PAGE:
Local authorities condemned the killing but suggested it may not be linked to the ongoing sectarian bloodshed between militia groups that first engulfed the country in 2013.
“Elsewhere it’s the rebels who kill, but in Nola people kill to get rich,” said Jean Marc Ndoukou, an official in the village located about 135 kilometers (83 miles) from Berberati, the country’s third largest city and traditionally a center of diamond production.
Sudan’s military wants to hand power to a democratically elected government as soon as possible in the tumultuous aftermath of former president Omar al-Bashir’s overthrow, a prominent general said in an interview published on Wednesday.
“We got tired. We want to hand over power today not tomorrow,” Mohamed Hamdan Dagalo, deputy leader of the ruling military council, told Egypt’s state newspaper Al Ahram.
The council has been locked in talks with an alliance of protest and opposition groups demanding civilian leadership for a new sovereign body to oversee a three-year transition to democracy.
Talks were adjourned in the early hours of Tuesday, with no new date set for their resumption.
In an ominous sign for peace in Sudan, a radical group has threatened to wage war on the country’s Transitional Military Council (TMC) to defend the North African country’s Islamic legislation.
The warning follows statements released by Mohamed Al Gizouli, a leader of the radical Movement of the Support of Sharia and the Rule of Law who threatened to wage war on the transitional council in the event of handing over power to the opposition Freedom and Change forces, the Sudan Tribune reported.
This warning comes on the heels of the continuing stalemate between the opposition and the TMC over the composition of a new interim authority for Sudan with the former wanting a civilian majority and the latter wanting more control for the military.
On Tuesday, talks between Sudan’s ruling TMC and an alliance of protesters and opposition groups failed for the second day in a row to produce a breakthrough on the country’s political transition.
Africa Union special envoy for Infrastructure Raila Odinga has urged President Salva Kiir to prioritise peace and development in South Sudan.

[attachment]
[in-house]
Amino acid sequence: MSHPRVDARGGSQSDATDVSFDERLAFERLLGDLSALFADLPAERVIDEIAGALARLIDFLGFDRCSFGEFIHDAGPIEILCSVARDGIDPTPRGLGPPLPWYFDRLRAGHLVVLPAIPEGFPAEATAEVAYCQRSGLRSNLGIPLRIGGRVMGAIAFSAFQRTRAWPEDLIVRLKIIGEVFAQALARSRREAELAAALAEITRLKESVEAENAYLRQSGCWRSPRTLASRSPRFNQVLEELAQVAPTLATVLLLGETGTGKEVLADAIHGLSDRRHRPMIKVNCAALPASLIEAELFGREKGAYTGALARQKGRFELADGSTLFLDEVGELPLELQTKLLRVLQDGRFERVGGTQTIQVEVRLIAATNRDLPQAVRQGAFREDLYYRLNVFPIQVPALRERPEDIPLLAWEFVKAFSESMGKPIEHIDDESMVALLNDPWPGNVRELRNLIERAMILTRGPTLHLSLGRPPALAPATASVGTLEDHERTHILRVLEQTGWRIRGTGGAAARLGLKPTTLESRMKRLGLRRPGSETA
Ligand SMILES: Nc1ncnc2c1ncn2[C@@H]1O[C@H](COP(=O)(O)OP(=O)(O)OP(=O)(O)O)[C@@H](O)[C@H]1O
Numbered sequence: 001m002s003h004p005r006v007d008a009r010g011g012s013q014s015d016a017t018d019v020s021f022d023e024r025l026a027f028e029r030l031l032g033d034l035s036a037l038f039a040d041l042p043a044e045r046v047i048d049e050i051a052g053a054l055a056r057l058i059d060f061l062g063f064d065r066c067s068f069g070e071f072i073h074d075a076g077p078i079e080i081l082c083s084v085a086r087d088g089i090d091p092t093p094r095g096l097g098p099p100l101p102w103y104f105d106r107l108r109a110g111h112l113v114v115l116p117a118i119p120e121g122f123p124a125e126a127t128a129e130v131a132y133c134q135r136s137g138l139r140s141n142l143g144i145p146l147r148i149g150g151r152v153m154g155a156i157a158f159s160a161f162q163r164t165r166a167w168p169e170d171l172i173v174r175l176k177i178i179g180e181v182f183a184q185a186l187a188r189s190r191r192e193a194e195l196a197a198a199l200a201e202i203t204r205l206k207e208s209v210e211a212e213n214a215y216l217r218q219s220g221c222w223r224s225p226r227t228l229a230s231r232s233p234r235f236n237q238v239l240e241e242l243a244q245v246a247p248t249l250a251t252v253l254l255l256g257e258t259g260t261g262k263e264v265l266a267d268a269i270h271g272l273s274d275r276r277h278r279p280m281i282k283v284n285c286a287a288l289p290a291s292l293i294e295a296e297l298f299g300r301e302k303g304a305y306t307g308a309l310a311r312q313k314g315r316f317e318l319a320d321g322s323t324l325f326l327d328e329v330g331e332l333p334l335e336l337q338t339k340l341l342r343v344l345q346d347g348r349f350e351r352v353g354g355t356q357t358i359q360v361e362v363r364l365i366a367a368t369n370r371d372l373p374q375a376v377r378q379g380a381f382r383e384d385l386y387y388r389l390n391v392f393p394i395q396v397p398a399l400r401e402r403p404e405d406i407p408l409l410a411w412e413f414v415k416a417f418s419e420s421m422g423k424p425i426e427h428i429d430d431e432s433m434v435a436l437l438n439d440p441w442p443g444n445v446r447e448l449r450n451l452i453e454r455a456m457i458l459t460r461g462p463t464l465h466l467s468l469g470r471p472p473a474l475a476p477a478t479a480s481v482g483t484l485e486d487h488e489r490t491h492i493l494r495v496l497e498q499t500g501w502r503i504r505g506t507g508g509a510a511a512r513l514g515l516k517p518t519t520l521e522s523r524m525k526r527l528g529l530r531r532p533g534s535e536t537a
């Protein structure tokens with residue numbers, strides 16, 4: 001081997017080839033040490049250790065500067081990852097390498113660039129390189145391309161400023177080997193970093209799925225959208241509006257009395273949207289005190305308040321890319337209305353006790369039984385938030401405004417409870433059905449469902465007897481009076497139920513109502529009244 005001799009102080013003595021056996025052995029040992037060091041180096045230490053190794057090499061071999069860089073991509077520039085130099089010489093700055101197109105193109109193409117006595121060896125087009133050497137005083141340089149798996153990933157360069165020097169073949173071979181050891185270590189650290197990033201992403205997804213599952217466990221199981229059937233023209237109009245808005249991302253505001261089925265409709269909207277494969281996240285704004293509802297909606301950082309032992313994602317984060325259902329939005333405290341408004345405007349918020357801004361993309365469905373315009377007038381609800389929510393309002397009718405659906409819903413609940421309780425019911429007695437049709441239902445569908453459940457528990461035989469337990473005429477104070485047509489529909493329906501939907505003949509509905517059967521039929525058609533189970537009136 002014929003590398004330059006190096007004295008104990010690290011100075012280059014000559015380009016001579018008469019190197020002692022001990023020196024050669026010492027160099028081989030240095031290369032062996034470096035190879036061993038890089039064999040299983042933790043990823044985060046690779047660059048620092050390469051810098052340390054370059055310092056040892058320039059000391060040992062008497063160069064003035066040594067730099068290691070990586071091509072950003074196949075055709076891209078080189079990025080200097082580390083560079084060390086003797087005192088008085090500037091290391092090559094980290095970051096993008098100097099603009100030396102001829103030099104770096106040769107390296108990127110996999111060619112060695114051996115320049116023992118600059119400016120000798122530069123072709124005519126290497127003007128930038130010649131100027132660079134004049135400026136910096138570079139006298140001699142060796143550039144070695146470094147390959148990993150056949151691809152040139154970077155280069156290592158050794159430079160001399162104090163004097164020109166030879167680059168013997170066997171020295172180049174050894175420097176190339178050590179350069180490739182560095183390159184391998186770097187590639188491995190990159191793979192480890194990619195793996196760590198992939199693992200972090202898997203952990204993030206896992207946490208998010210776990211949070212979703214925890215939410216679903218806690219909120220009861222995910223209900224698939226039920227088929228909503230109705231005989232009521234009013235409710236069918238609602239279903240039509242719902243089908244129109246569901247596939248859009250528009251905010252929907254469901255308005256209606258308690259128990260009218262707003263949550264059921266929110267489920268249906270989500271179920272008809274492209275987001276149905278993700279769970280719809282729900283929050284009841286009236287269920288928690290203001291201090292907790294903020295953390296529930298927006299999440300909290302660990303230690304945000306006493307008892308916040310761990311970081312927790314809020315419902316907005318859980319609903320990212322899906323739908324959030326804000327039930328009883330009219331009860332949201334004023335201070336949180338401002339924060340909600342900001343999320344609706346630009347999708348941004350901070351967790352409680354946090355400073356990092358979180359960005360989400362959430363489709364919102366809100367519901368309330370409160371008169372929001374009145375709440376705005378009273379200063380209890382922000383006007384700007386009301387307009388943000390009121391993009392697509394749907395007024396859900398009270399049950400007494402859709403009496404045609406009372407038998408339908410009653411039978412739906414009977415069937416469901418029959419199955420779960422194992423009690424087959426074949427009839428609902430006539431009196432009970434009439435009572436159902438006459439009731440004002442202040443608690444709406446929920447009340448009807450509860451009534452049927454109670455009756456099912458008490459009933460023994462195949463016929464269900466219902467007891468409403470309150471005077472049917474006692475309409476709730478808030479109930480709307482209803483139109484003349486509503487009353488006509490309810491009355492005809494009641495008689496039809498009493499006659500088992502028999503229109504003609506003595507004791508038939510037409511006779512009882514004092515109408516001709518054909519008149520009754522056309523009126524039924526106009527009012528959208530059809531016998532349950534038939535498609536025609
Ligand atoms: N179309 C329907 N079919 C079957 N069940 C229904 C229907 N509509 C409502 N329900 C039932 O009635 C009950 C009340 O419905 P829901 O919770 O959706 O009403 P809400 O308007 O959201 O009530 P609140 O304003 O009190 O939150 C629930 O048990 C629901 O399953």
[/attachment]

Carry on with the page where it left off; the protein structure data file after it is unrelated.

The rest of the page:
Mr Odinga said improved infrastructure would help South Sudan connect with its neighbours.
He added that peace in South Sudan would promote stability in the young nation and enable South Sudan to engage neighbouring countries.
Mr Odinga and Mr Kiir met on Wednesday evening in Juba to discuss regional integration and infrastructure, prior to the African Union Summit slated for July this year in Niger.
The South Sudan government plans to close a number of its overseas embassies due to financial constraints.
Mr Mawien Makol, the spokesman for the Foreign Affairs Ministry, told local media Juba is finding it difficult to manage most embassies abroad.
“We thought of closing a number of embassies so that we can manage the remaining ones well,” Mr Makol said, as quoted by The Dawn newspaper in Juba.
An official at the ministry, who requested anonymity because he is not authorised to talk to the media, told the The EastAfrican that the country has not decided on exactly how many embassies will be closed.
The UN envoy for Western Sahara, Horst Koehler, has resigned from his post due to health reasons, nearly two years after he took up the peacemaking mission, the United Nations said Wednesday.
Koehler, a former German president, was appointed in August 2017 to lead UN efforts to end the decades-old conflict between Morocco and the Algerian-backed Polisario Front.
The 76-year-old envoy told UN Secretary-General Antonio Guterres during a phone call on Wednesday that he was stepping down for health reasons, a UN statement said.
Guterres “deeply regretted the resignation but said he fully understood the decision and extended his best wishes to the personal envoy,” it added.
The Minister of International Relations and Cooperation, Netumbo Nandi-Ndaitwah says there is no tension hindering bilateral relations between Namibia and Morocco.
The minister, however, says Namibia will continue to call for self-determination of Western Sahara, which remains occupied by Morocco.
Hundreds marched at Malkerns in Swaziland / eSwatini to protest the forced eviction of people last year who have been left homelss and destitute.